Agents pride themselves on their sales skills – to meet a prospect face-to-face, take their measure, and craft an insurance package to fit their needs. Many studies show today’s insurance buyers, including millennials, want a relationship with an insurance agent they know and trust. The problem, however, is that the vast majority of buyers start their journey online. In too many cases, a prospect will decide to move on and the agent never gets the chance to look them in the eye.
Aside from creating a compelling digital presence that attracts prospects to an agency website or social media, agents possess another powerful tool in their marketing kit – the data that can be derived from these sites. The fact is, prospects and clients send out a lot of signals about what they are looking for, are interested in and willing to take action on when they visit online. Call it “digital body language,” a phrase coined by Steve Woods and Paul Teshima, two of the co-founders of Eloqua and now of Nudge Software.
Digital body language comprises everything an online visitor does with an agency. For the agency website, this includes questions such as: How long does a visitor spend on the site and what do they look at? How does a visitor’s behavior change on the site? After the first 10 seconds, what clicks, scrolls, and mouse movements take place and over what period of time? What pages do visitors linger over most and what actions are more likely to produce a phone or email inquiry? To what extent does the agency’s social media activity drive traffic to the website? Taken together, these actions can guide agents in understanding how to frame their online messaging and adjust accordingly. Unfortunately, too many agents don’t take the time to access this information or if they do, to understand fully its implications and what actions to take.
Without this information, agents are “marketing in the dark,” according to Brian Bartosh, president of Top O’ Michigan Insurance Agency Inc. in Alpena.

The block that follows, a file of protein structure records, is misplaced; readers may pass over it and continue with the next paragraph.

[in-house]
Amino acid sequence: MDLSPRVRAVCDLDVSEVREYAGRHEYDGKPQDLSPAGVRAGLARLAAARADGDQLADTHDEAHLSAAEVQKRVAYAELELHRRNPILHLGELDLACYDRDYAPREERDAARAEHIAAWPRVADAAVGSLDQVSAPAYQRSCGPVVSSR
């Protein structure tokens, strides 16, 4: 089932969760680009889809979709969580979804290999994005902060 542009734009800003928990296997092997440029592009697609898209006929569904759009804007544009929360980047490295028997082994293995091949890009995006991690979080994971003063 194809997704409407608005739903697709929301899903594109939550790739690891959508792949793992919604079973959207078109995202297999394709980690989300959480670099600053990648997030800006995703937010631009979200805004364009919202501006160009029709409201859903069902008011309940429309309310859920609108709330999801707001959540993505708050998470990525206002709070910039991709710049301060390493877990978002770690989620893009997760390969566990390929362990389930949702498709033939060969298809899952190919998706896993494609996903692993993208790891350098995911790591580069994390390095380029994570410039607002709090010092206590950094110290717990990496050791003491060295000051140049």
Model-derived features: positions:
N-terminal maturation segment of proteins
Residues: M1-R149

Marc McNulty, vice president of Insurance Operations for The Uhl Agency in Dayton, Ohio, adds that he is not aware of any agency in his area that actively tracks website and social media activity.
So why don’t more agents access this information?
“I think business intelligence and use of it is new and ‘scary’ for many,” said Bartosh. “It appears that they have under-utilized technology and have not seen the value of data.” Bartosh says use data – it is searchable and mineable.
Another possible explanation: agency management systems generally do not access this data. Agents must collect it from other sources such as Google Analytics and then import to track the characteristics of prospects and clients.
“We don’t monitor this as closely as we probably should,” McNulty said. However, the data he collects is helpful. “I like to see the numbers regarding pages/session, average session duration, and what the most visited pages on our site are.”
Bartosh is an advocate for using data. “We want to know as much as we can so that we can pinpoint our marketing efforts,” he said. “This has taken our results from the traditional 1 percent to 2 percent response to double-digit response because we know more and can target our messages.”
It’s also important that the data be current to be useful, he added. “We are mining data monthly for various purposes including cross-sell, win-back and new prospecting efforts.”